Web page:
There are also a number of interesting proposals in the Securing a Competitive Economy section:

The draft Programme can be seen at http://www.northernireland.gov.uk/pfg/contents.htm

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£4.5m Extra Funding for University Teaching

Sean Farren yesterday announced a £4.5m package for modernising teaching and learning facilities at QUB and UU. The projects it will support include a new Medical Library and the modernisation of 12 lecture theatres with IT equipment at Queen’s and the establishment of an Open and Distance Learning network linking 12 regional centres with Ulster. The press release can be found at http://www.northernireland.gov.uk/press/hfe/001102b-hfe.htm

Jonathan Whitehead 3 November 2000

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The 31st October Senate Meeting

Senate is the governing body of QUB and has about 50 members. The V-C and Pro-V-C’s are ex officio members. There are 11 other internal Senators elected by various groups of staff. The bulk of Senate are lay members most of whom have a managerial or professional background. Most are graduates of Queen’s, but they graduated in a very different era and many are retired.

This meeting reminded me of W. S. Gilbert’s description of the House of Lords because it, "did nothing in particular, and did it very well."

The first important item of business was the V-C presenting "Major Tasks: goals and Achievement 1999-2000 and "Key Objectives: End Goals and Supporting Goals 2000-1". This was along the lines of the presentation which he later gave to staff in the Whitla Hall. Some members of Senate complained that they had had too little time to absorb the 50 pages of tables for this item besides the numerous other Senate papers. The Vice-Chancellor had been very positive in his presentation and this was too much for one internal Senator, who gave Senate the facts of life in present day universities. He spoke of the shrinking unit of resource for teaching, of the increasing student-staff ratios, of the problems for students due to needing to earn money, and of the decline of academic salaries compared to other professions. This sparked off a lively discussion in which other people expanded on the difficulty of attracting talented people to academic life. One lay senator wanted to know if the University was content to award annual pay rises of about 3%. The debate lasted more than an hour and covered most of the problems facing the university today.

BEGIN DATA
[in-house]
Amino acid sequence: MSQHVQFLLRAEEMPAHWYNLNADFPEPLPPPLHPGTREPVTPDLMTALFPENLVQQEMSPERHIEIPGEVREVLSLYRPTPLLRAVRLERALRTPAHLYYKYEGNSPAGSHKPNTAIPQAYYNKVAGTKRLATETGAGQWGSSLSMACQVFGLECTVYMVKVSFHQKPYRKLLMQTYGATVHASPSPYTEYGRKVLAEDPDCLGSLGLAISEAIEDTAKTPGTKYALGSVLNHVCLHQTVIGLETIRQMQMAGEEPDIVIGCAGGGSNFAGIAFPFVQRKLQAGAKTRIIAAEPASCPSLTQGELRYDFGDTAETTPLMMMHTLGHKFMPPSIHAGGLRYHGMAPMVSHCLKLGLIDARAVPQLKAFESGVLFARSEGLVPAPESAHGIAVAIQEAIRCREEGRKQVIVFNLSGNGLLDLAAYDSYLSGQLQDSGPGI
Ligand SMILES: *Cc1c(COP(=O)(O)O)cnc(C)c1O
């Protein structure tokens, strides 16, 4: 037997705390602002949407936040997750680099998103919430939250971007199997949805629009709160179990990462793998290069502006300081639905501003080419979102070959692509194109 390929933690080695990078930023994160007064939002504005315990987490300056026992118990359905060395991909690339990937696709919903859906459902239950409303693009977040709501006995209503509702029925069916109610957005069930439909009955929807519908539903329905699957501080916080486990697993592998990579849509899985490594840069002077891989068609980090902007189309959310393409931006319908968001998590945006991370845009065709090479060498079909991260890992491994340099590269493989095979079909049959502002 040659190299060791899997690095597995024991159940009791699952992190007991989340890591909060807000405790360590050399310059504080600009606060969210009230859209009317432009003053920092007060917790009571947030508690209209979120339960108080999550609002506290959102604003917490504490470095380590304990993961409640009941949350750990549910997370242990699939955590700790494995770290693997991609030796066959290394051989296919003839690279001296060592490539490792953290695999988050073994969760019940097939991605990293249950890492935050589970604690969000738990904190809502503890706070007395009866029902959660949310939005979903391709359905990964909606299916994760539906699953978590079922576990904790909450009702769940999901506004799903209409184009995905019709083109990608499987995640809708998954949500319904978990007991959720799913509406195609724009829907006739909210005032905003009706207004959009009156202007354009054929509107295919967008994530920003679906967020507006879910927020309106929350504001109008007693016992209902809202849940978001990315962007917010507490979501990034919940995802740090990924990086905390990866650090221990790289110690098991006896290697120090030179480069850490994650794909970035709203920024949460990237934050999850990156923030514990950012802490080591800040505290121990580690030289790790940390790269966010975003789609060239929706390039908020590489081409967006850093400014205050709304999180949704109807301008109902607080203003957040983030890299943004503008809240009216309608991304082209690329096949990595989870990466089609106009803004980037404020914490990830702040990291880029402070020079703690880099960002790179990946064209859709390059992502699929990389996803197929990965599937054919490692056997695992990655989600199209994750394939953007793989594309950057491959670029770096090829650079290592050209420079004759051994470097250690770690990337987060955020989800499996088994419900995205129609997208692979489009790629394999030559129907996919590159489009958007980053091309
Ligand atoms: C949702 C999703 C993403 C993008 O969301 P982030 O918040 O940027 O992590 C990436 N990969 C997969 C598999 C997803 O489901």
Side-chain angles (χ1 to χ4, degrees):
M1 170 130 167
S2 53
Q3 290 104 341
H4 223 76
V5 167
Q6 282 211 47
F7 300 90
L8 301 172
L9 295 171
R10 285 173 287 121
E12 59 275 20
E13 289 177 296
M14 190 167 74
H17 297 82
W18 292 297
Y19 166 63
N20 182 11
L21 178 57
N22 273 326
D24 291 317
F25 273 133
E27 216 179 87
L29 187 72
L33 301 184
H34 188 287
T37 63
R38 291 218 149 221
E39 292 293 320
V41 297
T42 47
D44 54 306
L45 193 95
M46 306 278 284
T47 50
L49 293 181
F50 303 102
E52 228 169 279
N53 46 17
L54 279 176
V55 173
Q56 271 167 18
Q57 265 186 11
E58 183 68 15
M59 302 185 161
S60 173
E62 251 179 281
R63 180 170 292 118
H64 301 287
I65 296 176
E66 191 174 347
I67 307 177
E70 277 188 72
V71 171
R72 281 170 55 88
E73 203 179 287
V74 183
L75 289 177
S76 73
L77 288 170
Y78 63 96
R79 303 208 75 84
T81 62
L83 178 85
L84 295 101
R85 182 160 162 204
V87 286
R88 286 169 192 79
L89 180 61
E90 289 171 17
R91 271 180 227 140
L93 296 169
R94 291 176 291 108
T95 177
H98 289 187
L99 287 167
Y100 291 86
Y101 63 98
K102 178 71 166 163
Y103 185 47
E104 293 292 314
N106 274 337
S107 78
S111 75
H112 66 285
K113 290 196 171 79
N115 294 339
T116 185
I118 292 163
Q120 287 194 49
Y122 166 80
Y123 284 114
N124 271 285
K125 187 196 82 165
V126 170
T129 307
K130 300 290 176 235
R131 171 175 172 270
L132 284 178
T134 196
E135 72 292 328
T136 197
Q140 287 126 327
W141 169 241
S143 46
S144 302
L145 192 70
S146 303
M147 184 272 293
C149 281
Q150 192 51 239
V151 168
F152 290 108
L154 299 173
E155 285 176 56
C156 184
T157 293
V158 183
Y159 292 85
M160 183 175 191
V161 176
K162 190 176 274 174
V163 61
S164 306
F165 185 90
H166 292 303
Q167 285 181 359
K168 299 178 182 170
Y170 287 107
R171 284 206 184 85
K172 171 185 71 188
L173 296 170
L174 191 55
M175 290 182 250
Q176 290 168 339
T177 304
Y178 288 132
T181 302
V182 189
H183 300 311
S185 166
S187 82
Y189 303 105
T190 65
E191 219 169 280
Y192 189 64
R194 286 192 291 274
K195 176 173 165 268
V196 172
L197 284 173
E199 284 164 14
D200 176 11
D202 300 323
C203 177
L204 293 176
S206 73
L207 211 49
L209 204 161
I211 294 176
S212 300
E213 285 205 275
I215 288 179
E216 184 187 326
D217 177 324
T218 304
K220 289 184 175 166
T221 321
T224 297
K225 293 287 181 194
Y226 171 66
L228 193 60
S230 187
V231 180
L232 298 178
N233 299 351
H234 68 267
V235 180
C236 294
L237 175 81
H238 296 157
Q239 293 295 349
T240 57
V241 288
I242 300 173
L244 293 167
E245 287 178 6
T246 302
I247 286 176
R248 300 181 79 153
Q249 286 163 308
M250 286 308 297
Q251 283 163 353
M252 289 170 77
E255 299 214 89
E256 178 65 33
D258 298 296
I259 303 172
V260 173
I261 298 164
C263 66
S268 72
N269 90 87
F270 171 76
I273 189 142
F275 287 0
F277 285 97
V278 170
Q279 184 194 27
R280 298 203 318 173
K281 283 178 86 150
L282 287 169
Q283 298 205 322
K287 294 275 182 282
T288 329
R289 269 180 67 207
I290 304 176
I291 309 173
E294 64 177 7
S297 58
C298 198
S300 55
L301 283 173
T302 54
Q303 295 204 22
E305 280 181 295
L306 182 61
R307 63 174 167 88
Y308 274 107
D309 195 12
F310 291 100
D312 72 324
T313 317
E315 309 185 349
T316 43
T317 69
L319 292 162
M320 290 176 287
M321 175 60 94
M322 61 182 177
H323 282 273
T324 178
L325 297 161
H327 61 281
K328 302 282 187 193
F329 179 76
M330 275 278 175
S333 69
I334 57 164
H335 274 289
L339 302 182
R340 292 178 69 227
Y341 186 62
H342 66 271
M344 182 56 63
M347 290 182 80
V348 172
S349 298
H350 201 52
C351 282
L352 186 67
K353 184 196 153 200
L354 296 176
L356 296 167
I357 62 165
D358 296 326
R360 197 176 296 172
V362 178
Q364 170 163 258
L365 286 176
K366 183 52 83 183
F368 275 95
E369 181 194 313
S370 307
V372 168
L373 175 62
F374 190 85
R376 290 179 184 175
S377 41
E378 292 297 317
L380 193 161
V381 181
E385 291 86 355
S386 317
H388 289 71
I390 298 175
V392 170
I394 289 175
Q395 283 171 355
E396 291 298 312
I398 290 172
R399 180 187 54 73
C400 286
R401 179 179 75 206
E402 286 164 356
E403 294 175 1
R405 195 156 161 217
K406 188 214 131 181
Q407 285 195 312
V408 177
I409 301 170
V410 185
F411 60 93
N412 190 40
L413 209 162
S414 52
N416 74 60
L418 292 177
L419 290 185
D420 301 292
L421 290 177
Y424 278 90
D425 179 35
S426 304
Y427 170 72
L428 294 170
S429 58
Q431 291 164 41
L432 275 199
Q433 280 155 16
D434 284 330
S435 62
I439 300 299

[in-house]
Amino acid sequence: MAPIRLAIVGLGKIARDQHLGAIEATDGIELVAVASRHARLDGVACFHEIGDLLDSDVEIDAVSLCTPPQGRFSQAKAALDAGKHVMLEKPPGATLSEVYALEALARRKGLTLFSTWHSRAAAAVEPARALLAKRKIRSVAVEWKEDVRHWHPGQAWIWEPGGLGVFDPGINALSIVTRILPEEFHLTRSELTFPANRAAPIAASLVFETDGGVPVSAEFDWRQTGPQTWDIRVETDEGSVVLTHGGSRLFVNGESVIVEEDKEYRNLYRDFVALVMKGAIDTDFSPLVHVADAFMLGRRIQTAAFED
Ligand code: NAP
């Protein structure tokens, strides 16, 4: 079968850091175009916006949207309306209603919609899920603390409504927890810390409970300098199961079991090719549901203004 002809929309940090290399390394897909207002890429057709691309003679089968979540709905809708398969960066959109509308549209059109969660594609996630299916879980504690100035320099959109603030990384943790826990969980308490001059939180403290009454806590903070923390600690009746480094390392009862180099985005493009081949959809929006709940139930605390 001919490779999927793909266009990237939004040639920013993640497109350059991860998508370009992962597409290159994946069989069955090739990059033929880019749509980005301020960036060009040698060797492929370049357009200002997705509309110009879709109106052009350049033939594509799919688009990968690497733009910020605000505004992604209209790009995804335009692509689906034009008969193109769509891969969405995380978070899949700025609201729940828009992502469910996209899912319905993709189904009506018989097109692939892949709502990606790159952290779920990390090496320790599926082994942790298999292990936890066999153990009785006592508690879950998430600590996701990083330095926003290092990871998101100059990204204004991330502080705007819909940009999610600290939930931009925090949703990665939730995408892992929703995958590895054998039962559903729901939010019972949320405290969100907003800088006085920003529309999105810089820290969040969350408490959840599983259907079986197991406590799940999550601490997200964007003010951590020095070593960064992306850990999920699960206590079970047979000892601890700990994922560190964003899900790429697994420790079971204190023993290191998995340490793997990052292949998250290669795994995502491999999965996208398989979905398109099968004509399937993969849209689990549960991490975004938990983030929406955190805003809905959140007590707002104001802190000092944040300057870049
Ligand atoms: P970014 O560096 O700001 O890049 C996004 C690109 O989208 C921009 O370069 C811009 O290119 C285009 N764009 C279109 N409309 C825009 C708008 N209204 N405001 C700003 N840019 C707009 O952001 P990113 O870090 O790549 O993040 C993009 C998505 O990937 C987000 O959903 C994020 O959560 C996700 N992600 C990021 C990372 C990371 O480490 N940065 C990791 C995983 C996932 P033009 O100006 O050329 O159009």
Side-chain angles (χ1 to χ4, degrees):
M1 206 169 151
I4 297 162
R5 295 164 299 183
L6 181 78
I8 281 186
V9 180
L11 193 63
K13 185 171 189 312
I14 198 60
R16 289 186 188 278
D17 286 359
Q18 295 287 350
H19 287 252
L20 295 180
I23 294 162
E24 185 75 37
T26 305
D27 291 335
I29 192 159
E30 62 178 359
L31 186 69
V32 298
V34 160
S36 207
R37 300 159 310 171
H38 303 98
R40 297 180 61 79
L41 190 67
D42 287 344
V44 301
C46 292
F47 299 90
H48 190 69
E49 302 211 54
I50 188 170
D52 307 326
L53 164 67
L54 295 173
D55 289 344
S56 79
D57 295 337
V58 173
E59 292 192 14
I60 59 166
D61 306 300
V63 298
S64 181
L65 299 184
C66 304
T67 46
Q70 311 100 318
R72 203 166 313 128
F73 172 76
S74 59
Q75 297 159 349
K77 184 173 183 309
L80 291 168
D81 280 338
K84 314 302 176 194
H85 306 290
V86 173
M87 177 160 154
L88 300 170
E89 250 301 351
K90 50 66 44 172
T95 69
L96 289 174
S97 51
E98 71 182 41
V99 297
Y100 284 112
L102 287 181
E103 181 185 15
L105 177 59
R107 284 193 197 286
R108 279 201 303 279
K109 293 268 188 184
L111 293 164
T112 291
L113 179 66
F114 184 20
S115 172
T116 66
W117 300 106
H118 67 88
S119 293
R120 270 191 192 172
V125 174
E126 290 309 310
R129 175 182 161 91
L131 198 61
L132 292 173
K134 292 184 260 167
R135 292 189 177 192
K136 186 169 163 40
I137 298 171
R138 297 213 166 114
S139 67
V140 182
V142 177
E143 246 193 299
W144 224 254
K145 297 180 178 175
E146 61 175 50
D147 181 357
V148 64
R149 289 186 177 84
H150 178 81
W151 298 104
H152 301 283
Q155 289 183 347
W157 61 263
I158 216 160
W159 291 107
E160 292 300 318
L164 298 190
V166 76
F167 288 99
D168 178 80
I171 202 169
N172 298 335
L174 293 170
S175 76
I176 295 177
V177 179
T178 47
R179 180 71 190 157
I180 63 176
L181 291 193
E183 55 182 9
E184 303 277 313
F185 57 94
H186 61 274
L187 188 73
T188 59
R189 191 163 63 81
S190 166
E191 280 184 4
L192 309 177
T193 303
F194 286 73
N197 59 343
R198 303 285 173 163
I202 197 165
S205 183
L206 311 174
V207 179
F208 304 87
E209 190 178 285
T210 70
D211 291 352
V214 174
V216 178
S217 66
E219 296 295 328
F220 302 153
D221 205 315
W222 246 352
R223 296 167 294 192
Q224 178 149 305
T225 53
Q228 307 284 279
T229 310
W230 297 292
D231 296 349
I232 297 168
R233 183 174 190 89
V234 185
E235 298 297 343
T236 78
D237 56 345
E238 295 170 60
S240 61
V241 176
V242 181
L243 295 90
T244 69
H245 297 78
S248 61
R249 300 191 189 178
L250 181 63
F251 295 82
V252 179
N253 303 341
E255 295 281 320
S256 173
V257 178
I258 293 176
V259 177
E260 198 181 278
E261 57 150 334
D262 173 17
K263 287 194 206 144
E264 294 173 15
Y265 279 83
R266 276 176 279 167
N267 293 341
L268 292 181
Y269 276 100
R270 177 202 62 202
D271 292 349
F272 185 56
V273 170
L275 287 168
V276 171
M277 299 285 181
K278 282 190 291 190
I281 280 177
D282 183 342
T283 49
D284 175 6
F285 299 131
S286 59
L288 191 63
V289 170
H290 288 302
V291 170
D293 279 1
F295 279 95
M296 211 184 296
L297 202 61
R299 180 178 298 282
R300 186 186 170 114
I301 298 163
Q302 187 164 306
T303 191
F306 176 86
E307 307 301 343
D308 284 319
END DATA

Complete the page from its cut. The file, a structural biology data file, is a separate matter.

Most of the other business was passed over quite rapidly, including the financial forecasts. We then came to the report of the Remuneration Committee which sets the salaries of senior staff. Pro-V-C’s, Deans and administrative Directors have individual pay awards based on their annual appraisal by the V-C or Registrar. On average the pay rise for this group did not exceed the projected average increase in professorial salaries in 2000 (i.e. 3% plus about 3% catch-up that professors on average will get under new Professorial Salary Review Scheme). The lay members of the committee had also decided on a similar rise for the V-C. A lay Senator asked how the initial salaries of administrative Directors etc. were set, and was told that, using data for the post from other universities, QUB paid in the upper quartile. One lay Senator was bold enough to ask what these individuals were actually paid! The Vice-Chancellor replied that the V-C’s salary was stated in the annual accounts and that these also tabulated the number of staff paid over £50K in £5K bands. In this discussion it was clear that many members of Senate have only a hazy idea of what ordinary academic and related staff are paid and I will give them details.

Paul Hudson